Import totals hit record highs in March as retailers brace for price hikes

The National Retail Federation (NRF) reports that March’s Global Port Tracker totals set a new record, but April’s totals – only estimated at this time – may have already broken it.

Prepared by Hackett Associates, the latest Global Port Tracker revealed that US ports covered in the report handled 2.34 million twenty-foot equivalent units (TEUs) in March, the most recent month for which final figures are available. March totals were up 10.8% from the previous month and 3.2% year-on-year, breaking the previous all-time high of 2.33 million TEUs since May 2021. A TEU equivalent to a 20 foot container or its equivalent.

“Retailers are importing record amounts of goods to meet consumer demand, but they also have an incentive to stock up before inflation drives up costs,” said Jonathan Gold, NRF vice president of supply chain and customs policy. “Whether it’s transportation costs or the wholesale price of goods, the money retailers save is money that can be used to keep prices low for their customers in times of inflation.”

And although final figures are not yet known for April, Global Port Tracker forecasts 2.27 million TEUs for the month, up 5.7% from the previous year. May is forecast at 2.3 million TEUs, which would reduce the month by 1.4% compared to last year while giving it a place as the third highest level in the history of the report. , which began in 2002.

“Consumer spending is growing faster than income growth, perhaps shoppers are buying ahead of expected price increases,” said Ben Hackett, founder of Hackett Associates. “Importers are doing much the same as they continue to replenish their stocks. This will protect them against potential increased freight costs, further supply chain delays and complications in upcoming labor negotiations at US West Coast ports.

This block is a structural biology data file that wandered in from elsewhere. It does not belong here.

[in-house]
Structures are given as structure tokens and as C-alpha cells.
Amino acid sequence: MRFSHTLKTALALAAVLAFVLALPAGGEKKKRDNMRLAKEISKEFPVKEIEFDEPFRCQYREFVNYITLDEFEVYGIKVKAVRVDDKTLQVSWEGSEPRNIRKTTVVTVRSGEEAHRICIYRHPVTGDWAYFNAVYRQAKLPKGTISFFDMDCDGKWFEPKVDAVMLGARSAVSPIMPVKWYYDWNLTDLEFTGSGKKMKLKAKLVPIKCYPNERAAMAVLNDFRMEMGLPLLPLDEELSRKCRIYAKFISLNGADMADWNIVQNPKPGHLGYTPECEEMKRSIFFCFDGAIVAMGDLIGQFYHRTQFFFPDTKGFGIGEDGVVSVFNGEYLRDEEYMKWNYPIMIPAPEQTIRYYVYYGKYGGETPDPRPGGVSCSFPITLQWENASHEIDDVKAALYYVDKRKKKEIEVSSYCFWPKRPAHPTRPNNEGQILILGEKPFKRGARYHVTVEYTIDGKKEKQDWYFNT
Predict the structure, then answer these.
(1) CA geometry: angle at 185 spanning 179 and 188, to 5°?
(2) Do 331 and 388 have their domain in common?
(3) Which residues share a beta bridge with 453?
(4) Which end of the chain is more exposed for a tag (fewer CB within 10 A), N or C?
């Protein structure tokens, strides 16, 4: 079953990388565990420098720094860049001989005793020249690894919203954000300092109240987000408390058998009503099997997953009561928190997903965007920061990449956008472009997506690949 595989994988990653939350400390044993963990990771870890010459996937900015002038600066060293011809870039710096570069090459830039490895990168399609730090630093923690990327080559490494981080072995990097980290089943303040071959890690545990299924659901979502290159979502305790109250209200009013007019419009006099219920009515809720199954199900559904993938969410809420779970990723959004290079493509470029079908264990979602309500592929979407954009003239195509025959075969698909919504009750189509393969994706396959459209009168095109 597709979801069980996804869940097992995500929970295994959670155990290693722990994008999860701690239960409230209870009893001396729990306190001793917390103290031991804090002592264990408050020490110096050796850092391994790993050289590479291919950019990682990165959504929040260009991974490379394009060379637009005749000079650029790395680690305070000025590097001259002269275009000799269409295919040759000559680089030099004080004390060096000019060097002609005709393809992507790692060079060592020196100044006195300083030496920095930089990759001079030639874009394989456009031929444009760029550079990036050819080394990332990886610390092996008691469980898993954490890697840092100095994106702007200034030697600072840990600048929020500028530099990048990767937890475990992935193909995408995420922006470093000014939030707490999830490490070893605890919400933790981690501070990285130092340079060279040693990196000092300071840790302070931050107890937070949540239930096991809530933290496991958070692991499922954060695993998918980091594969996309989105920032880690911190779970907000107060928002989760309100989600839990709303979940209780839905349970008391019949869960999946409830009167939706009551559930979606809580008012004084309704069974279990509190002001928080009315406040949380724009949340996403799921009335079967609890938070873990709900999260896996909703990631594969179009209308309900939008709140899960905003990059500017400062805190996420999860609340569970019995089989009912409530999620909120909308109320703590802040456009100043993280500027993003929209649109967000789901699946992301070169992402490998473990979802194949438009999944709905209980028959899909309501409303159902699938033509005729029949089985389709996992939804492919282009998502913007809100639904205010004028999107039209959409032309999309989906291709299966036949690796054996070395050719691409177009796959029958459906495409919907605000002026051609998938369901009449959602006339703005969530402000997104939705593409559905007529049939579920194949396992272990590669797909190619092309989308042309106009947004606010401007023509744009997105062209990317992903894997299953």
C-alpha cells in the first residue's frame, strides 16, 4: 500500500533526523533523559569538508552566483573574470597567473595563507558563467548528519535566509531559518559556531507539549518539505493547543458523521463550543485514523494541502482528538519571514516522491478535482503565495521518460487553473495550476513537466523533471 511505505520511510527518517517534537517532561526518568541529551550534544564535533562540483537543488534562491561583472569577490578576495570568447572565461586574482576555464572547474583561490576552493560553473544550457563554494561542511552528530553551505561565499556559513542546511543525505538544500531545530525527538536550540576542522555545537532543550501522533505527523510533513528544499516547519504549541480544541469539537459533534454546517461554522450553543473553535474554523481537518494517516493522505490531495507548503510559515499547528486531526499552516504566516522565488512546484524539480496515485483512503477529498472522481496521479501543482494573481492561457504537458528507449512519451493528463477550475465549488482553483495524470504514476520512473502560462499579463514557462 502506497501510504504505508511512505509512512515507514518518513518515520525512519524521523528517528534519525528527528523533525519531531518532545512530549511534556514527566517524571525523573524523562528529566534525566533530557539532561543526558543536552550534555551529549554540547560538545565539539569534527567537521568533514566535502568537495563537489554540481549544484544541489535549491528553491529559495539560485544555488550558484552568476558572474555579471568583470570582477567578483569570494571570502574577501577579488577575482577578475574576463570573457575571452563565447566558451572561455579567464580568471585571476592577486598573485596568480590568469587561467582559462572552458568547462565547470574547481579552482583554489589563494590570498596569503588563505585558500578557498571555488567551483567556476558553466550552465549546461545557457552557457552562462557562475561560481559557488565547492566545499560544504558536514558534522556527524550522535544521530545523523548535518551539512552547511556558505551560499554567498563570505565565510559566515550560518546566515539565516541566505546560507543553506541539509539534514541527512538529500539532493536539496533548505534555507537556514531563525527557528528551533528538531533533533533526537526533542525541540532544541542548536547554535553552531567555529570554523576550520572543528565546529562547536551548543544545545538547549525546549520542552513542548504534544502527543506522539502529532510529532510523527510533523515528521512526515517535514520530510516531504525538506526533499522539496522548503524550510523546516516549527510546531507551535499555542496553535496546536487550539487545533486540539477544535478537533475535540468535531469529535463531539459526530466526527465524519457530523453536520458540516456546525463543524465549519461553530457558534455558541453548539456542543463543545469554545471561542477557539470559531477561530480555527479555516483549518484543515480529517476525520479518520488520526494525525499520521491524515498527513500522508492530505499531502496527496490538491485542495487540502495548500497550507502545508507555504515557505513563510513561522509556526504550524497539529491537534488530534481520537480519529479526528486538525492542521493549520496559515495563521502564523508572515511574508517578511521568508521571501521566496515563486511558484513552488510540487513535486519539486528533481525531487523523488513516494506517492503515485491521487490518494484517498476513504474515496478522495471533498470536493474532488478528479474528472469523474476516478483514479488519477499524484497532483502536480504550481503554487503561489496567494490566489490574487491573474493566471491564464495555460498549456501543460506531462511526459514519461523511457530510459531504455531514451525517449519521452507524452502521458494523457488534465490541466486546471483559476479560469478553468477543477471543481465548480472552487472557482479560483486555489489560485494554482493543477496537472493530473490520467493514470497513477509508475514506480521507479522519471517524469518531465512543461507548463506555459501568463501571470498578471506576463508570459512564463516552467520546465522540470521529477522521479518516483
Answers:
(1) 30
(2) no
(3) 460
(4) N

According to Gold, labor negotiations at West Coast ports are expected to begin this week. The NRF encourages both parties to “stay at the table and not engage in disruption if a new contract is not concluded by the time the current agreement expires.” The port’s current contract is due to expire in early July.

Looking at the next month’s totals, Global Port Tracker predicts a June of 2.29 million TEUs, up 6.6% from last year; July to 2.31 million TEUs, up 5.3%; August at 2.29 million TEUs, up 0.9%, and September at 2.15 million TEUs, up 0.3%.

The first six months of 2022 are expected to total 13.5 million TEUs, up 5.1% year-on-year. Imports for the whole of 2021 totaled 25.8 million TEUs, an increase of 17.4% from the previous 2020 annual record of 22 million TEUs.

The Global Port Tracker reports annual shipping volumes from more than 10 US ports and uses past averages to make its forecasts. The report is compiled by Hackett Associates, a consulting and research services firm that works with the international shipping industry, government agencies and others.

Check out Global Port Tracker’s first 2022 results here.